Daily vaccination rate has dropped 11% in last week

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The pace of daily COVID-19 vaccinations in the U.S. has slowed significantly in the last week for the first time since February, The Washington Post reported April 21. 

The U.S. is administering about 3 million shots daily, an 11 percent decrease over the last week. The last time the pace slowed in February was caused by winter storms, which forced some vaccination sites to close and delayed the transportation of some vaccine doses.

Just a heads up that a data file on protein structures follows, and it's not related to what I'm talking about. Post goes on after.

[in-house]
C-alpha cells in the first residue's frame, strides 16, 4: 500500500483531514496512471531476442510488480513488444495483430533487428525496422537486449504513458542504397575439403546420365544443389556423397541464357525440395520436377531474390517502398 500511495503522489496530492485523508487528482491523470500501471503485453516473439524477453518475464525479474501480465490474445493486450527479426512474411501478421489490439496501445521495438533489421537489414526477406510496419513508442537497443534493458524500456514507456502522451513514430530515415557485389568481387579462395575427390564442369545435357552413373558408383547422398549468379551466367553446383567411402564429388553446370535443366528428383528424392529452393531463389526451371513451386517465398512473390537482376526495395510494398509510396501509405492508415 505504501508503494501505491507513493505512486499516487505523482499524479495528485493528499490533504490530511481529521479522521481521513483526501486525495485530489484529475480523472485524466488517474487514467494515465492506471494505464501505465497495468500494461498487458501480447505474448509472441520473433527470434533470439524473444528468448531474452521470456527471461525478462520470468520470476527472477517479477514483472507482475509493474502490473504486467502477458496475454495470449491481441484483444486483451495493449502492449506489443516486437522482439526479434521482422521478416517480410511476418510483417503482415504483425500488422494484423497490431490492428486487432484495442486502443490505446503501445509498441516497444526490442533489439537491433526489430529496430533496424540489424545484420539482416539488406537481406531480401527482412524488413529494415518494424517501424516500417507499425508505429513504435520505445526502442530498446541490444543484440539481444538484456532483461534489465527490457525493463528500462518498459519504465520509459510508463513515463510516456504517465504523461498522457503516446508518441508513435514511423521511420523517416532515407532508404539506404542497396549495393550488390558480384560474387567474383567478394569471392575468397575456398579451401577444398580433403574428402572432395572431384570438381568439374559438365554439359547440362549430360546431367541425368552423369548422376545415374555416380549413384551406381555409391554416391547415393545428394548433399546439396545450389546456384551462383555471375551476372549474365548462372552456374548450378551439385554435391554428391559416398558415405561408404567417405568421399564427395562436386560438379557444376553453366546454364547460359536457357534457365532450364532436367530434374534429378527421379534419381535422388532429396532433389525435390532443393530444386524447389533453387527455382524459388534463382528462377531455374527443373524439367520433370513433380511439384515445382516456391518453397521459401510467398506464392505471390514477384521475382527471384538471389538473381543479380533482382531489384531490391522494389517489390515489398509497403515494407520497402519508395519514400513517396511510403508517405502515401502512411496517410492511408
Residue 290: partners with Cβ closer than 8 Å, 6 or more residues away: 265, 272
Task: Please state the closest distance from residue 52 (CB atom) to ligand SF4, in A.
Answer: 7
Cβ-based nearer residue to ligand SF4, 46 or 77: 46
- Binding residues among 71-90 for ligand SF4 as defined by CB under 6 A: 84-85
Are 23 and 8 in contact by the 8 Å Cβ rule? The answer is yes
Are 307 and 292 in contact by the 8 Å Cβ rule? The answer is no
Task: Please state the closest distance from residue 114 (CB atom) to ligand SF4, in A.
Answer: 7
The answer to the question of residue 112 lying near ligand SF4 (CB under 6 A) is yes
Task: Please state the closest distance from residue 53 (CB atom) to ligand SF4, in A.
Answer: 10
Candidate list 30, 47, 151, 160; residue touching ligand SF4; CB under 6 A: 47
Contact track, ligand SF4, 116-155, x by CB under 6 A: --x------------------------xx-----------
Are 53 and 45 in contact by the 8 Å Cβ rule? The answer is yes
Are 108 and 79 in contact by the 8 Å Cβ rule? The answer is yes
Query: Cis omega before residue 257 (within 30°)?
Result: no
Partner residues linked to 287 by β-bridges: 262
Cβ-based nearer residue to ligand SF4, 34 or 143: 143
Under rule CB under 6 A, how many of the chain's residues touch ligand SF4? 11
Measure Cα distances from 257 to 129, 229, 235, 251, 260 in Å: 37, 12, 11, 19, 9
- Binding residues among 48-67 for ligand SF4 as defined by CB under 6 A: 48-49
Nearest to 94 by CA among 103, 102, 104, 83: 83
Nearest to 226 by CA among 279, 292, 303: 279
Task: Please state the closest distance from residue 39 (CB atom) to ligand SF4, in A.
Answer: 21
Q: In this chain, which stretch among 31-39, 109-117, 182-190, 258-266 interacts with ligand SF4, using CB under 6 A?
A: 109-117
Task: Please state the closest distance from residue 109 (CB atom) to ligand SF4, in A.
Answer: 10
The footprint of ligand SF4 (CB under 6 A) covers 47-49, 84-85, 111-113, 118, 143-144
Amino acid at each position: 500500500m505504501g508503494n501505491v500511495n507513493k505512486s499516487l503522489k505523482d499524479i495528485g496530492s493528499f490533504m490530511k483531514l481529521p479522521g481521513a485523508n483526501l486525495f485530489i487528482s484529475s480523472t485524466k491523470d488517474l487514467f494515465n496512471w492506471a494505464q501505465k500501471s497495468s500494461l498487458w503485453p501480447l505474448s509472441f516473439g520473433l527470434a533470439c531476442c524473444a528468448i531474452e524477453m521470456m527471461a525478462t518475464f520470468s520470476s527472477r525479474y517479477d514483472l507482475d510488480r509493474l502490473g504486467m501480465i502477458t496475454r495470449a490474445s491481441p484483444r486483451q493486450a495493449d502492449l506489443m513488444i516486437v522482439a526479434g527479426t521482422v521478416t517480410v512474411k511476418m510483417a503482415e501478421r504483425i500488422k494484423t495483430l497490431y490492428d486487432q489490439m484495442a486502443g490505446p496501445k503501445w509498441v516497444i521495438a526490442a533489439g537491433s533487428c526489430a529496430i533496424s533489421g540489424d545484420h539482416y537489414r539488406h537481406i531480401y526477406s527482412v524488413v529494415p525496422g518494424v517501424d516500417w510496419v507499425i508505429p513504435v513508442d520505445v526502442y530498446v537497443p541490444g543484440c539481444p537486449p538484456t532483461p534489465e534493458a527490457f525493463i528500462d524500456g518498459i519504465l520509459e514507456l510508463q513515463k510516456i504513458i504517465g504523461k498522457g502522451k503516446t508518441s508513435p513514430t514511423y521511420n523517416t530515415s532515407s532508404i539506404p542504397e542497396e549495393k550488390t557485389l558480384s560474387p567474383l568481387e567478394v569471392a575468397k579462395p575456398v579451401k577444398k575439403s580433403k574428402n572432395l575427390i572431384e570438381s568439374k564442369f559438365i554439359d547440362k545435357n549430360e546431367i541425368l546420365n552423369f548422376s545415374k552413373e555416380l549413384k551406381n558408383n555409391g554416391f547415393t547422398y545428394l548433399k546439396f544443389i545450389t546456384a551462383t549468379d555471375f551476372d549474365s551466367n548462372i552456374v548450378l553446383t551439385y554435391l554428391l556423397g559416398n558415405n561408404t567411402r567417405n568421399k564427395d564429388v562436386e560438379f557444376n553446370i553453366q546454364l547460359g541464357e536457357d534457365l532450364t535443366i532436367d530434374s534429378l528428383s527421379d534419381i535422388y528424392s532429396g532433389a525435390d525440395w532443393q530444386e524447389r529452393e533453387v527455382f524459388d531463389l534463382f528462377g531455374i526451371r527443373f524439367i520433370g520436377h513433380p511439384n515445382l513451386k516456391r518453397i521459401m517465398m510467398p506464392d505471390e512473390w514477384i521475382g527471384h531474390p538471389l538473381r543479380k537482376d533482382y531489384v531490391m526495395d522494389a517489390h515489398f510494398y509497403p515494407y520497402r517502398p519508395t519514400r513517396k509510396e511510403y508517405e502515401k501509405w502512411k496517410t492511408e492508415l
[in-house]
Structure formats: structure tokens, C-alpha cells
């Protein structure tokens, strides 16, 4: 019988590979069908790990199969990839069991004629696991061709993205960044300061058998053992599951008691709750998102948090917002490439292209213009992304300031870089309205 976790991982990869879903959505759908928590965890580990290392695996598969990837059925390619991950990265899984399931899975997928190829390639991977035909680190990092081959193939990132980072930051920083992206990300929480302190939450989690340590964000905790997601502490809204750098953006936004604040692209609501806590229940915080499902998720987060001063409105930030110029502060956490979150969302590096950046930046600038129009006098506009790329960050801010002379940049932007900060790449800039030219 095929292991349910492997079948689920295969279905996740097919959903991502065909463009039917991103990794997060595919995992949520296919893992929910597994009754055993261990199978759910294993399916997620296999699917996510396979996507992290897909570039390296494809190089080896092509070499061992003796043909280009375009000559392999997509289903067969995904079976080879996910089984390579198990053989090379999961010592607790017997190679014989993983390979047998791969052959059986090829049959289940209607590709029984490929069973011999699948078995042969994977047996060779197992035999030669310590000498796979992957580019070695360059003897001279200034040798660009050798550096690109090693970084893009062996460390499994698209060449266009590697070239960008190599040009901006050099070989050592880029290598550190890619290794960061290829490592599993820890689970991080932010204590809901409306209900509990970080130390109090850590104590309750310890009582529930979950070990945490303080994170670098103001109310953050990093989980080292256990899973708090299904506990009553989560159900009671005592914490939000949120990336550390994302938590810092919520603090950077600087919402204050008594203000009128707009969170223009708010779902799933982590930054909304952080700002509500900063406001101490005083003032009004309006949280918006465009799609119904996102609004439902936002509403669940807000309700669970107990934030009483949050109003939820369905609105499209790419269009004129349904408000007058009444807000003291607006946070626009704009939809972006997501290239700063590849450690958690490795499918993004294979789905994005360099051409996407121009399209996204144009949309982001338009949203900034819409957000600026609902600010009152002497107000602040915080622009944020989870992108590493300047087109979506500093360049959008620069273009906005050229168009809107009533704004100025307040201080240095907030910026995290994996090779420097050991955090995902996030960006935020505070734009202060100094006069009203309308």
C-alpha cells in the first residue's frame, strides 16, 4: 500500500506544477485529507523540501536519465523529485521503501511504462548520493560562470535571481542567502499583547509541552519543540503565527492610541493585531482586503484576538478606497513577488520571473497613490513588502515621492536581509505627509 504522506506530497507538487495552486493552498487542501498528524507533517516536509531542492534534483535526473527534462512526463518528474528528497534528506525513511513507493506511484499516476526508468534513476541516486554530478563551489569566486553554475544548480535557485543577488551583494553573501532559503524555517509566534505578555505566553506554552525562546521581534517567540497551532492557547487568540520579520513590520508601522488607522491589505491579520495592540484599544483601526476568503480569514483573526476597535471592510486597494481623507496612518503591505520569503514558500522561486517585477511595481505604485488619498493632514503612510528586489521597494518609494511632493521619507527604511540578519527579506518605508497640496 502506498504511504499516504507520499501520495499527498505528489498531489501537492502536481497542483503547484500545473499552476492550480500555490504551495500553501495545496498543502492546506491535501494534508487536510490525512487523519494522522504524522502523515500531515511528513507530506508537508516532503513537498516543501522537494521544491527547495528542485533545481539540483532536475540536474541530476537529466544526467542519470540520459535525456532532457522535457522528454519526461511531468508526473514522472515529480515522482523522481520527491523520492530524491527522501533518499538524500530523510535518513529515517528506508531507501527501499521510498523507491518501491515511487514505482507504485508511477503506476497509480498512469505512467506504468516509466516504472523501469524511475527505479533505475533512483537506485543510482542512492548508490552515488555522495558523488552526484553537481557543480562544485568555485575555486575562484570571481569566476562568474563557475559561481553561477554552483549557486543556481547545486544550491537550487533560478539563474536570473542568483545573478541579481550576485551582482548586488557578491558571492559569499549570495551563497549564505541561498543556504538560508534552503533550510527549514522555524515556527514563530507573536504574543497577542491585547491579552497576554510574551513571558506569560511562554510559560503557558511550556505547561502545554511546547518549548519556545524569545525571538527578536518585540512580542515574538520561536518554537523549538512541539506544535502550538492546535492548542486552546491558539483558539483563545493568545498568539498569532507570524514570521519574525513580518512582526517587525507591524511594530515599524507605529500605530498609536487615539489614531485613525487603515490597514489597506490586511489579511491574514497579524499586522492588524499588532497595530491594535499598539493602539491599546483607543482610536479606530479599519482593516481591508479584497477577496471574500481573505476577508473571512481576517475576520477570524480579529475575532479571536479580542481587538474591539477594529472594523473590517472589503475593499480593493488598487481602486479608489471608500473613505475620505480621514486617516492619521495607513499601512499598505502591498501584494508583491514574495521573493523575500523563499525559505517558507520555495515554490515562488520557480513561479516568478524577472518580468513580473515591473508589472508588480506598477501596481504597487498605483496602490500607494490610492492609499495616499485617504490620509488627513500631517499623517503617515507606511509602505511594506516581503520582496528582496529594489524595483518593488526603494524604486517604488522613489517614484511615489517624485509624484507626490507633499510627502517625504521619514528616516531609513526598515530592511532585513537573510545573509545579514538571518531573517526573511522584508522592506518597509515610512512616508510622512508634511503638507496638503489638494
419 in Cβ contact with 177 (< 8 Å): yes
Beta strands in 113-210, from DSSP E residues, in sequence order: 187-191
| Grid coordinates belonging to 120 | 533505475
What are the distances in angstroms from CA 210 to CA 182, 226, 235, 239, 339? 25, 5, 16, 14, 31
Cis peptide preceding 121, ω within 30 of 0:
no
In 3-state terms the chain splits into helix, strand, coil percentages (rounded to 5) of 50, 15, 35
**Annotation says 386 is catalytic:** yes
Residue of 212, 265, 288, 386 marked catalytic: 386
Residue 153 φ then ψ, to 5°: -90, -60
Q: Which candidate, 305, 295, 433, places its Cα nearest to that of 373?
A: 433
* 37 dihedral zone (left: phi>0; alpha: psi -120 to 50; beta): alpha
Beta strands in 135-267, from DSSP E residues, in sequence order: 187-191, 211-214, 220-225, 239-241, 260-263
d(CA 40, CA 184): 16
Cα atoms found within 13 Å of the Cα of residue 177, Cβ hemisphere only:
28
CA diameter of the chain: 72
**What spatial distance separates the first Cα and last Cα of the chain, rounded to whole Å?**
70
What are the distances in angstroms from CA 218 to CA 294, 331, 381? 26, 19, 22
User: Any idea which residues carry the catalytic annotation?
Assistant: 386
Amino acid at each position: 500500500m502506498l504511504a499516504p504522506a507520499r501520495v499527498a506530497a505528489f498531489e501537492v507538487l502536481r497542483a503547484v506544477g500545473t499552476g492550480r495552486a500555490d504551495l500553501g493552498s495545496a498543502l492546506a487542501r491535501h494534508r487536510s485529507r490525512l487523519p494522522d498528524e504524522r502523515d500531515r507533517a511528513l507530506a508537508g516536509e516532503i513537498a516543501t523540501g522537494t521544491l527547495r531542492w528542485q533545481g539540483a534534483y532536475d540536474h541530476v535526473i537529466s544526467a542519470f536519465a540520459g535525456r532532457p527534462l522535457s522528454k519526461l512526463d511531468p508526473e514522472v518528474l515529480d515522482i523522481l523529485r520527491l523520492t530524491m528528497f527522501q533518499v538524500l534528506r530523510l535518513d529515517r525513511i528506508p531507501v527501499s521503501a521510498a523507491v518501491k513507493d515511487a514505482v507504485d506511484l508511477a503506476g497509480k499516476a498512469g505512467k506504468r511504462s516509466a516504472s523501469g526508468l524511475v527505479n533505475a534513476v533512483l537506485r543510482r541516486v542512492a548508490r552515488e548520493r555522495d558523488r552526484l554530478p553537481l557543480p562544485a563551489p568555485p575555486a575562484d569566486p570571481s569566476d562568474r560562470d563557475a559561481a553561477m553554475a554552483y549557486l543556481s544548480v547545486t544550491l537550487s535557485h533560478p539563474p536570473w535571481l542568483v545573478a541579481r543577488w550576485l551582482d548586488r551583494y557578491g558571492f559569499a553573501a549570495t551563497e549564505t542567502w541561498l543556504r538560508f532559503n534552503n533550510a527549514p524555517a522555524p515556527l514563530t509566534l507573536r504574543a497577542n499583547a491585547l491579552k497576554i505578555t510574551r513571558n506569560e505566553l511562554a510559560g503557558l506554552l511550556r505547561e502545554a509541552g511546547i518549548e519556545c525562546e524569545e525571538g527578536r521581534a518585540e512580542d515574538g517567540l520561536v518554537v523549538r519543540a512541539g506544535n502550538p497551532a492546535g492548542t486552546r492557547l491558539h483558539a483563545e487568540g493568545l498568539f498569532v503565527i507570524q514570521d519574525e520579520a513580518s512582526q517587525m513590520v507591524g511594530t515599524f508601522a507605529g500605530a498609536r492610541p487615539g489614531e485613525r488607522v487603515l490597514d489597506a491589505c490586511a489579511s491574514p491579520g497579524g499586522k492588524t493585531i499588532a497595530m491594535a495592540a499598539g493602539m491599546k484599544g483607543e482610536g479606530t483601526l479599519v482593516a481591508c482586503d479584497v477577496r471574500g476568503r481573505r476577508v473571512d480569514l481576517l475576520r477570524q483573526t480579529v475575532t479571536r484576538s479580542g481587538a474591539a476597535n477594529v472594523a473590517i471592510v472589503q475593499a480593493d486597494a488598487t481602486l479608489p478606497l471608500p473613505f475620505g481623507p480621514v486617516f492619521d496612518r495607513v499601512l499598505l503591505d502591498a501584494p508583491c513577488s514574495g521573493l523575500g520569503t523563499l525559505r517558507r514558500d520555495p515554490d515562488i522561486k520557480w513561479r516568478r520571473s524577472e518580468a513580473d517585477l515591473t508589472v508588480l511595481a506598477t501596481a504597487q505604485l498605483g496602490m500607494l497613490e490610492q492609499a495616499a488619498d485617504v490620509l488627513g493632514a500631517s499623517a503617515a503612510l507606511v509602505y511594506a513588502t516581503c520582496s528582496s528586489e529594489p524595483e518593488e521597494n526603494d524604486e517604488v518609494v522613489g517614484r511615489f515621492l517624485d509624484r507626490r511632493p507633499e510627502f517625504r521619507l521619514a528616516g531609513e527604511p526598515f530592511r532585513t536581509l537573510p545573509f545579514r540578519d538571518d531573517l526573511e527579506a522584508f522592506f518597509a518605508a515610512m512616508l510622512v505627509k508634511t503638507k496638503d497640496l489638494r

The slowdown of vaccinations is concentrated in certain parts of the U.S., according to the Post. The most significant declines have been in some states with smaller populations, including Maine, Alaska and New Hampshire. The average daily shots also reportedly fell more than 30 percent in Georgia and South Carolina in the last week. 

But the daily vaccination pace is also increasing in some places, such as Delaware, California, Hawaii and Washington, D.C., the Post reported.  

Health officials told the Post that the pause in the Johnson & Johnson COVID-19 vaccine could explain some of the slowdown, but not all of it, as many healthcare organizations were able to use more Pfizer and Moderna shots to make up for the lack of Johnson & Johnson shots. 

Read the full article here

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